The great advantage of a national identity trumping others identities is that we no longer kill our neighbours; they are our fellow citizens and co-patriots. Unfortunately, the cure of nationalism may well be worse than the disease. The twentieth century was the most violent in history primarily because it became legitimate to kill people from other nations.

Further, unlike your neighbours, who are mostly killed at close hand, with swords and knives, violence between nations has increasingly become remote, driven by bombs and other weapons that can cause wholesale violence from afar. Surely there is something wrong with a virtuous solution that only seeks to export violence across borders?

In India the situation is worse, for the very contours of nationalism and citizenship are contested. After all, isn't violence against Muslims routinely justified by their suspect patriotism? When the boundaries of the 'nation' run through every district, nationalist violence is no longer a problem for other nations, but our own. Unlike in the west, I think that the nationist-modernist solution cannot work in India.

We need a different strategy to address the violence of the virtuous. Laws alone will not guarantee peace; for those who are elected to uphold the law of the land are often its worst offenders. And as we all know, the state in India is not above the fray, it acts as a partisan agent. Therefore, the state cannot be trusted as the sole guarantor of our rights. That burden must fall on civil society and our society is a curious combination of the modern and the pre-modern.

The mark of a modern society is that certain basic human needs and rights are universalised and available to all of its members. There is a natural reason why abstract rules of justice dominate modern discussions of ethics: these rules come fully universalised, so no extra work needs to be done.

To a universalist, the presence of systemic oppression in India is not a matter of having the right rules, but the failure of the state in implementing them.

I think this line of reasoning is flawed, for it assumes that our ethical intuitions (especially the intuitions of those who have been hired or elected to uphold the law) coincide with an abstract system of the law. The law is uniform and context independent while our ethical intuitions are differentiated and context-dependent. The law and our intuitions might well be fundamentally incompatible categories. We will have to look elsewhere in order to find sources of a universalised ethics.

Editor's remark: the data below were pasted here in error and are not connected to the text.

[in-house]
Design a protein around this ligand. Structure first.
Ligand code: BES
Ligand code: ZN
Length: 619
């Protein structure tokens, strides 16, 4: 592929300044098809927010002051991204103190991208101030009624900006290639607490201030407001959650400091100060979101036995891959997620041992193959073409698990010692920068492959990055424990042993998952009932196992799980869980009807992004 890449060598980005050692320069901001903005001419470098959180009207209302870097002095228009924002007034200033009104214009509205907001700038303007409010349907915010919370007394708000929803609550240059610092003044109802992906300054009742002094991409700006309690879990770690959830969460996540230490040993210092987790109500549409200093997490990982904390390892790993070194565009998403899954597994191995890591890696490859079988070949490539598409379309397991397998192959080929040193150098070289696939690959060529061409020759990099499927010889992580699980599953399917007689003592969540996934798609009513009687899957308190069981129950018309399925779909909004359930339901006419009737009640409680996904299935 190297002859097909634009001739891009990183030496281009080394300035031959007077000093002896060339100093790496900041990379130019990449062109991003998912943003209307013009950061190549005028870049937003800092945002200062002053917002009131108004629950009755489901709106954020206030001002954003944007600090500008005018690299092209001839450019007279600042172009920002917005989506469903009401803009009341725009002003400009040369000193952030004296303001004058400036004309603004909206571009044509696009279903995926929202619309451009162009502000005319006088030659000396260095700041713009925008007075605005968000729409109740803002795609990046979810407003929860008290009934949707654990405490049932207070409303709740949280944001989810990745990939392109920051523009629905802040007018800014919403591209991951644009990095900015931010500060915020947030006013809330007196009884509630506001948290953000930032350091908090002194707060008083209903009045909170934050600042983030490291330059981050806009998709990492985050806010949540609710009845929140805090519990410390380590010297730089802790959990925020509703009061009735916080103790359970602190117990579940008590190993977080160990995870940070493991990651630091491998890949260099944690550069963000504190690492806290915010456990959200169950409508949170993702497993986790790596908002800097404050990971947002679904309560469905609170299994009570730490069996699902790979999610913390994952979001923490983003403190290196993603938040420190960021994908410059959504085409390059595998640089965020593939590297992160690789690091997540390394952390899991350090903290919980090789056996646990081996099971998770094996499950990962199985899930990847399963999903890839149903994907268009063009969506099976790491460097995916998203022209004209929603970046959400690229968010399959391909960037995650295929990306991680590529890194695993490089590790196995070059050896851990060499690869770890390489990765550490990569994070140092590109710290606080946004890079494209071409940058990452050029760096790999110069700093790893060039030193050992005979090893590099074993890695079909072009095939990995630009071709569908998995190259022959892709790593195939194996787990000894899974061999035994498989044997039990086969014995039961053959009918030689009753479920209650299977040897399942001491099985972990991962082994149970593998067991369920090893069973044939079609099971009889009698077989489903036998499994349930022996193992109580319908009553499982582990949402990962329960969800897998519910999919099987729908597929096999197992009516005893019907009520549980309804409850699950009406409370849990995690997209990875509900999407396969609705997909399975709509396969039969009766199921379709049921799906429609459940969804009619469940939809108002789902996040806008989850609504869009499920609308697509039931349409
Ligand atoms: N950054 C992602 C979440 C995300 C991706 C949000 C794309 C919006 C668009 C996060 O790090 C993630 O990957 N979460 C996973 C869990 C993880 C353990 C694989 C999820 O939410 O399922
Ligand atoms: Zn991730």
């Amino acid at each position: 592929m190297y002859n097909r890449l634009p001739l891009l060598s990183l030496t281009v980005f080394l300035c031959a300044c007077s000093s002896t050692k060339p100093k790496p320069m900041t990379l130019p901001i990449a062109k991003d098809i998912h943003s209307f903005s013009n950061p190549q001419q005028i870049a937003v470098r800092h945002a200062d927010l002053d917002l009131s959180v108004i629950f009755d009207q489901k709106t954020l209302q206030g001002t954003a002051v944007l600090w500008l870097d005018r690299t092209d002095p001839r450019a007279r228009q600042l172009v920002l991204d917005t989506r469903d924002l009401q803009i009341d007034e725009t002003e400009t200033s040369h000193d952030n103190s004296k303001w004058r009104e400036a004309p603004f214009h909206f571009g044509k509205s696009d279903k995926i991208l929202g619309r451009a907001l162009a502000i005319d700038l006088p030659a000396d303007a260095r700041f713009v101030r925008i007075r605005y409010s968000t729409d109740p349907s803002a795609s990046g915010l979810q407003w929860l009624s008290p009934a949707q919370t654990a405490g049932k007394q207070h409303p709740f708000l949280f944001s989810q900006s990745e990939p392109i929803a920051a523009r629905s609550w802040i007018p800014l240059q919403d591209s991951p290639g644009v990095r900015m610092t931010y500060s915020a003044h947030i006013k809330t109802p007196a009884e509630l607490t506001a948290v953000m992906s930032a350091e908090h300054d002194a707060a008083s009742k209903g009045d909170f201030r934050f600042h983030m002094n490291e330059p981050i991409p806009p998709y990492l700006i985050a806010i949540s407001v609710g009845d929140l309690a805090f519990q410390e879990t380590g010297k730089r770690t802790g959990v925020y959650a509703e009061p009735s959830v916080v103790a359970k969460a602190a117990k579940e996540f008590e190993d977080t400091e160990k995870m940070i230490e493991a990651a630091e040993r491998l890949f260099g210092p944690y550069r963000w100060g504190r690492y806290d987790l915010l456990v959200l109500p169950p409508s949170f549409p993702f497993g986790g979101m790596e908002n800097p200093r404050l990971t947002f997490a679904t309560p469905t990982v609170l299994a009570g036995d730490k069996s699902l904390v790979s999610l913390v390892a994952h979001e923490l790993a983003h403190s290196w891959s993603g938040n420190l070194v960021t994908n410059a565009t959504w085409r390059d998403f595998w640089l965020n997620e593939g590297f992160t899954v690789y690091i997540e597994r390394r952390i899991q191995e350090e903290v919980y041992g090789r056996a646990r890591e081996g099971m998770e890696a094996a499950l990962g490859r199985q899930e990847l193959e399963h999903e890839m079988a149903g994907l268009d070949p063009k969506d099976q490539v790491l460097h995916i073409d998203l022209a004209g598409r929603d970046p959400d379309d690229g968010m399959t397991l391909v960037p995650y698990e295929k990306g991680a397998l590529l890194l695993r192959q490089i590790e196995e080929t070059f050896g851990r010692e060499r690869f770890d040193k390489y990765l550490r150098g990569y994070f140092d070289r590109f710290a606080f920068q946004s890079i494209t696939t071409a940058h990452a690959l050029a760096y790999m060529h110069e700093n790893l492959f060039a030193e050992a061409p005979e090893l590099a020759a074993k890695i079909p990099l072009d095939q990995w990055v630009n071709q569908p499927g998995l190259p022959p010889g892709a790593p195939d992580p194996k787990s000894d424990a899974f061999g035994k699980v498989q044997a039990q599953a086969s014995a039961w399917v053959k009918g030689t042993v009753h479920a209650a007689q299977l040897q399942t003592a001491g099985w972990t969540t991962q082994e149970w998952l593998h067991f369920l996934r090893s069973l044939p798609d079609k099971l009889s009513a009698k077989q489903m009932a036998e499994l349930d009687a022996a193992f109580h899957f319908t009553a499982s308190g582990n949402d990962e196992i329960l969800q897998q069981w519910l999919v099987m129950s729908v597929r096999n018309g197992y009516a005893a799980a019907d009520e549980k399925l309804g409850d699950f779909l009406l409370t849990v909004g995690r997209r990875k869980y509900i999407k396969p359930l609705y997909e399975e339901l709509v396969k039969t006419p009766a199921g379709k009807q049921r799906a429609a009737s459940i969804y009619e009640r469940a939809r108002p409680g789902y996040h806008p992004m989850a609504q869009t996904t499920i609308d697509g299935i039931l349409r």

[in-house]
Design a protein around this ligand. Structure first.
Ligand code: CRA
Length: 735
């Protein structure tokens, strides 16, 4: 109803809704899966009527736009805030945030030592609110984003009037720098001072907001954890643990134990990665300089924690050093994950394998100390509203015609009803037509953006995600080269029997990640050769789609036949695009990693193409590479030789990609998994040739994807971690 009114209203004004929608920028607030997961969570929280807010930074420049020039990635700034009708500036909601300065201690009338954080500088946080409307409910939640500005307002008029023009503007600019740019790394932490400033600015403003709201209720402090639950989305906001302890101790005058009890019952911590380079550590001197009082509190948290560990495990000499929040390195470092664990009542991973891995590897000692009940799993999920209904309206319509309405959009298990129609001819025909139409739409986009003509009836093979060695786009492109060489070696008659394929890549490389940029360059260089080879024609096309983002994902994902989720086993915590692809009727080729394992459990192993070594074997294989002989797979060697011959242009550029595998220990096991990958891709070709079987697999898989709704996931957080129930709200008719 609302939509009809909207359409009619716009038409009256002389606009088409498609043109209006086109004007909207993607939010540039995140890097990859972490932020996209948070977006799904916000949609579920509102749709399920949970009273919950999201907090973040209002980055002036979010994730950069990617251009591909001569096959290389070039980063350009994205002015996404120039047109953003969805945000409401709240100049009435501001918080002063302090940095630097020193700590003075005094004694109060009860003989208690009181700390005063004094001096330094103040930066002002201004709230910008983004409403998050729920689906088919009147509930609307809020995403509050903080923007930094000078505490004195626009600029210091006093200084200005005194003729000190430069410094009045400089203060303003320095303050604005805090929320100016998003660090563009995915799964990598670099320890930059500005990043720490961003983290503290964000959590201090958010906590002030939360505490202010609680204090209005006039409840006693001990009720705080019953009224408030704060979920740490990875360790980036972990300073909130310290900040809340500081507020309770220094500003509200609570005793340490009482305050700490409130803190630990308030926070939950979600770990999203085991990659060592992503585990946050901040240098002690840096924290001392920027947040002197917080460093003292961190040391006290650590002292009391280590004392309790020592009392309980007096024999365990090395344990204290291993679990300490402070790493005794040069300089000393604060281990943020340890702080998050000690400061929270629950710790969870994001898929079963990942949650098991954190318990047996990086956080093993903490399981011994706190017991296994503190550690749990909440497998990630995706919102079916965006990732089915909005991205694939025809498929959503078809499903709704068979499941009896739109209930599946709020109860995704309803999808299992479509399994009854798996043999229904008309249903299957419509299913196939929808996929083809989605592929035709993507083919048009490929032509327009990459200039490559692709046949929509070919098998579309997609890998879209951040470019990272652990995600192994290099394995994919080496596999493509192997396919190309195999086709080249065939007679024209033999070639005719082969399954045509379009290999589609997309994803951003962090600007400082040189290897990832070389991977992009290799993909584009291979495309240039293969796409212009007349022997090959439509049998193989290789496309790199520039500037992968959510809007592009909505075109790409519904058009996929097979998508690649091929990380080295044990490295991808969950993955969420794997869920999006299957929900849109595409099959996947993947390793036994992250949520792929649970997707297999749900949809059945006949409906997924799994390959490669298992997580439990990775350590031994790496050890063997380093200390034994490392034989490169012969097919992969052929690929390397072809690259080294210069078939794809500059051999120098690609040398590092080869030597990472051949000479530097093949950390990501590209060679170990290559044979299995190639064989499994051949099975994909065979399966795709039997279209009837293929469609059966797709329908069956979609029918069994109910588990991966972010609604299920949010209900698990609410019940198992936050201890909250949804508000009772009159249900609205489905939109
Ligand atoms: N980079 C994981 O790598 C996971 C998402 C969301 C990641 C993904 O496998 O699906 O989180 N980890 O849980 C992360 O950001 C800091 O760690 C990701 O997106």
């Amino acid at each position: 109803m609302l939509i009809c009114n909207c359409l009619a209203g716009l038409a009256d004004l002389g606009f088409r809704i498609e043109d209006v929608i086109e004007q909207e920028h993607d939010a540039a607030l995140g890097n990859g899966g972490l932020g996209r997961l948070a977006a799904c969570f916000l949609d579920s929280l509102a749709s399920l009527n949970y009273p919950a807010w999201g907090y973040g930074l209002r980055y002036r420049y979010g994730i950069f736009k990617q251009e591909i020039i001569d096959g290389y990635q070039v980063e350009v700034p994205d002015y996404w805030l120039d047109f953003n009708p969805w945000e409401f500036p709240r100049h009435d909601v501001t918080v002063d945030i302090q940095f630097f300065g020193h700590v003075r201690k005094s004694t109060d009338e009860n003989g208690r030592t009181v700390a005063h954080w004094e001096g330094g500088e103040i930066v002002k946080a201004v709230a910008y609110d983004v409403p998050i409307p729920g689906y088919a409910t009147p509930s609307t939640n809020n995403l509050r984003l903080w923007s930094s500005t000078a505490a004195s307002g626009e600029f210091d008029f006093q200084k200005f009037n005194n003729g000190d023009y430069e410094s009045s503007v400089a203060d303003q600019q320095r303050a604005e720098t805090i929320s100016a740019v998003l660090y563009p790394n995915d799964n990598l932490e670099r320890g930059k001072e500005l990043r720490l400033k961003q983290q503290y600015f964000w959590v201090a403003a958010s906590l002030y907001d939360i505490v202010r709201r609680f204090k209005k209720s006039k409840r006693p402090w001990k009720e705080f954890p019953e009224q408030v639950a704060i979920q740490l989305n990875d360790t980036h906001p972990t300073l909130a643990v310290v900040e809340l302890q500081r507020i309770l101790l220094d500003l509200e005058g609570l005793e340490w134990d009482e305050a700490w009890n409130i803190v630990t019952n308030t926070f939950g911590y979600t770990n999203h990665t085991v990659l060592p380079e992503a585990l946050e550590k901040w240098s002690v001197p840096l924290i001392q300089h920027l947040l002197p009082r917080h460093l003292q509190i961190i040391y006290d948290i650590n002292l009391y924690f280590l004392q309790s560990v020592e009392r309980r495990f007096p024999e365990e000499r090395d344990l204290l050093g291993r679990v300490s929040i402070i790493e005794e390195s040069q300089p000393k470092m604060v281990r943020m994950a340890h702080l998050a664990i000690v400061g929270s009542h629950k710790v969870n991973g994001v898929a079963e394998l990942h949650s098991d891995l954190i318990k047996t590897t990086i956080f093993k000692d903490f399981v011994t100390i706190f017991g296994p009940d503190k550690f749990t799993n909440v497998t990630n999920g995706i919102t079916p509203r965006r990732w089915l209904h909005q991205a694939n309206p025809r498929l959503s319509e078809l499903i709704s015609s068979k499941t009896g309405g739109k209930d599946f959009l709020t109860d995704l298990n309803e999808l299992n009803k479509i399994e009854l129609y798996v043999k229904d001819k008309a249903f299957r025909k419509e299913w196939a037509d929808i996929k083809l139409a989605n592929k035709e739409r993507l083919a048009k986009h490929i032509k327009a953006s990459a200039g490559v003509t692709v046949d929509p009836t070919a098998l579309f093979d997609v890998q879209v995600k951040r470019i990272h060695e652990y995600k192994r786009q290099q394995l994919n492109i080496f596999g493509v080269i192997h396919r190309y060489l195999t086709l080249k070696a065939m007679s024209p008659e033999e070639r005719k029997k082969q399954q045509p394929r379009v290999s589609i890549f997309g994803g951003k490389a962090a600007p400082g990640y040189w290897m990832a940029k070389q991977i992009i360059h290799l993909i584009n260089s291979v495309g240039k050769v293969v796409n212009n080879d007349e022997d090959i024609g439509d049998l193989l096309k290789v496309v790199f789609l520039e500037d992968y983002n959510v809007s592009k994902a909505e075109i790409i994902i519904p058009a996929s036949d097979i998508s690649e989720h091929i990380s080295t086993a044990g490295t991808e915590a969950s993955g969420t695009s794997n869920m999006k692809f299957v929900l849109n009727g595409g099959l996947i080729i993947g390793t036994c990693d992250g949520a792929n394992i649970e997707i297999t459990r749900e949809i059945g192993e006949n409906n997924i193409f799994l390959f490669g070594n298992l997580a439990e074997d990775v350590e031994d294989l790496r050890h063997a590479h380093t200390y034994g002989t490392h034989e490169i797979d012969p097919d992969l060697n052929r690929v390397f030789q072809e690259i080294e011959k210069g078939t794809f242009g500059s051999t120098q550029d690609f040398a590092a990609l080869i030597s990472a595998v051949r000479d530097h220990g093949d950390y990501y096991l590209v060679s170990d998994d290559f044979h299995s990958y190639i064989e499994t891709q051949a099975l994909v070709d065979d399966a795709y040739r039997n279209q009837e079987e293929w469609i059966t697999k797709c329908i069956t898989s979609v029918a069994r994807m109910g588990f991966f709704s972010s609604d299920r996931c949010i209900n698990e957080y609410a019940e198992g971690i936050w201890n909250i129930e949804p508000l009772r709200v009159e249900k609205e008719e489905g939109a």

The family as the foundation

However much the progressive might deny it, the road to peace in India passes through its non-modern aspects. Some of the deepest impulses of Indian society - its focus on family and community, its toleration of difference - have to be plumbed in order to address violence.

These pre-modern factors are not purely law-like or universal principles. They have a massive emotional component. How can we tap into the possibilities opened up by these basic Indian intuitions about right and wrong?

I believe that as in many other social interventions in India, we have to learn how to universalise that most important Indian institution, the family. In an earlier article, I mentioned that the Indian family is neither a wholly subjective entity, nor a wholly objective entity.

The family controls aspects of our life such as marriage that in the modern world come under individual subjective choice but the family also intervenes in job selection and various forms of public life that are supposed to be based on objective criterion.

The negative ethic of the family revolves around exclusion and cronyism; note, however, that many if not most Indians think of getting jobs for their family members as a virtuous thing, independent of the merits of said relatives.

The positive ethic of the family consists of its capacity for care and obligation. In my opinion, a positive Indian modernity will be Indian to the extent it uses the family and other Indian social institutions as its basis and it will be modern to the extent these tropes are universalised to include other beings; all human beings for sure, but also other species and perhaps the earth as a whole.

Of course, the universalisation of an ethics of care and obligation is a tremendously involved process. Care and obligations work well within a family because these are people who we know well, meet regularly and share various resources. The sheer physicality of the family makes it possible for us to indulge it with care.

But a nation of a billion people is an entirely different entity altogether. Most of us live our lives out interacting with a tiny fraction of our fellow citizens. Is it at all possible to universalise norms of behaviour from the family to the nation? More importantly, aren't our families cesspools of violence? Is it even desirable to generalise our 'family values' on to our nation?

I think that as in the case of 'development' we may have to pass through a period of understanding how this can work. People still decry the Gandhian model of development because it made the village the centrepiece of the developmental strategy.

Indian villages were and are notoriously riddled with hierarchies and injustices. Nevertheless, it is now understood that the reformed Indian village can be the focal point of a decentralised and just national material economy. Similarly, a reformed Indian family (with gender imbalances addressed, to start with) can be the foundation of a decentralised moral economy.

While the task is clearly challenging, it doesn't seem any more difficult than educating all Indians up to class twelve. If we can aim to put each and every Indian into a school for twelve years and teach them physics, why not use the same mechanism to engage with the ethical foundations of the family?